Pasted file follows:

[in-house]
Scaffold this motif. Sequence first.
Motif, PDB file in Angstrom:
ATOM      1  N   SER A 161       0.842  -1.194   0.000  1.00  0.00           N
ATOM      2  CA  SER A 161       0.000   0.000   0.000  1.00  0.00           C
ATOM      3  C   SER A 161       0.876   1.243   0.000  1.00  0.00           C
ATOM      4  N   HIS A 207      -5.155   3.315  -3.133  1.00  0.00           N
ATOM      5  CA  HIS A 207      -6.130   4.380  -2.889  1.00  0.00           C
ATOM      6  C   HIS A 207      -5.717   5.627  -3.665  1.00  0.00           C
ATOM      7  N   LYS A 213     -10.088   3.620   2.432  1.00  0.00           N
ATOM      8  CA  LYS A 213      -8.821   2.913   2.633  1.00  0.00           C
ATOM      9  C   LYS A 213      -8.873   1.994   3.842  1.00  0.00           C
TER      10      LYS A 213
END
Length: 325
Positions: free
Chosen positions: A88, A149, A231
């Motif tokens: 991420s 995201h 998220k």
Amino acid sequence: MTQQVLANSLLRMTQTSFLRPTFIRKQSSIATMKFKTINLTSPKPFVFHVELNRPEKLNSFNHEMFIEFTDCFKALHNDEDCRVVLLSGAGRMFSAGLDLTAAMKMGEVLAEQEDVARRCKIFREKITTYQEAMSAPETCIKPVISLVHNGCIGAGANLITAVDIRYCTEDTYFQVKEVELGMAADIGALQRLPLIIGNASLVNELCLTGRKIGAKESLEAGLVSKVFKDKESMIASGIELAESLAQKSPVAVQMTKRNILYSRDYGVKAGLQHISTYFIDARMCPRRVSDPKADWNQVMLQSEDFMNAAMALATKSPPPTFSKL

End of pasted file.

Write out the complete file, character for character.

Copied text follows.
[in-house]
Scaffold this motif. Sequence first.
Motif, PDB file in Angstrom:
ATOM      1  N   SER A 161       0.842  -1.194   0.000  1.00  0.00           N
ATOM      2  CA  SER A 161       0.000   0.000   0.000  1.00  0.00           C
ATOM      3  C   SER A 161       0.876   1.243   0.000  1.00  0.00           C
ATOM      4  N   HIS A 207      -5.155   3.315  -3.133  1.00  0.00           N
ATOM      5  CA  HIS A 207      -6.130   4.380  -2.889  1.00  0.00           C
ATOM      6  C   HIS A 207      -5.717   5.627  -3.665  1.00  0.00           C
ATOM      7  N   LYS A 213     -10.088   3.620   2.432  1.00  0.00           N
ATOM      8  CA  LYS A 213      -8.821   2.913   2.633  1.00  0.00           C
ATOM      9  C   LYS A 213      -8.873   1.994   3.842  1.00  0.00           C
TER      10      LYS A 213
END
Length: 325
Positions: free
Chosen positions: A88, A149, A231
């Motif tokens: 991420s 995201h 998220k």
Amino acid sequence: MTQQVLANSLLRMTQTSFLRPTFIRKQSSIATMKFKTINLTSPKPFVFHVELNRPEKLNSFNHEMFIEFTDCFKALHNDEDCRVVLLSGAGRMFSAGLDLTAAMKMGEVLAEQEDVARRCKIFREKITTYQEAMSAPETCIKPVISLVHNGCIGAGANLITAVDIRYCTEDTYFQVKEVELGMAADIGALQRLPLIIGNASLVNELCLTGRKIGAKESLEAGLVSKVFKDKESMIASGIELAESLAQKSPVAVQMTKRNILYSRDYGVKAGLQHISTYFIDARMCPRRVSDPKADWNQVMLQSEDFMNAAMALATKSPPPTFSKL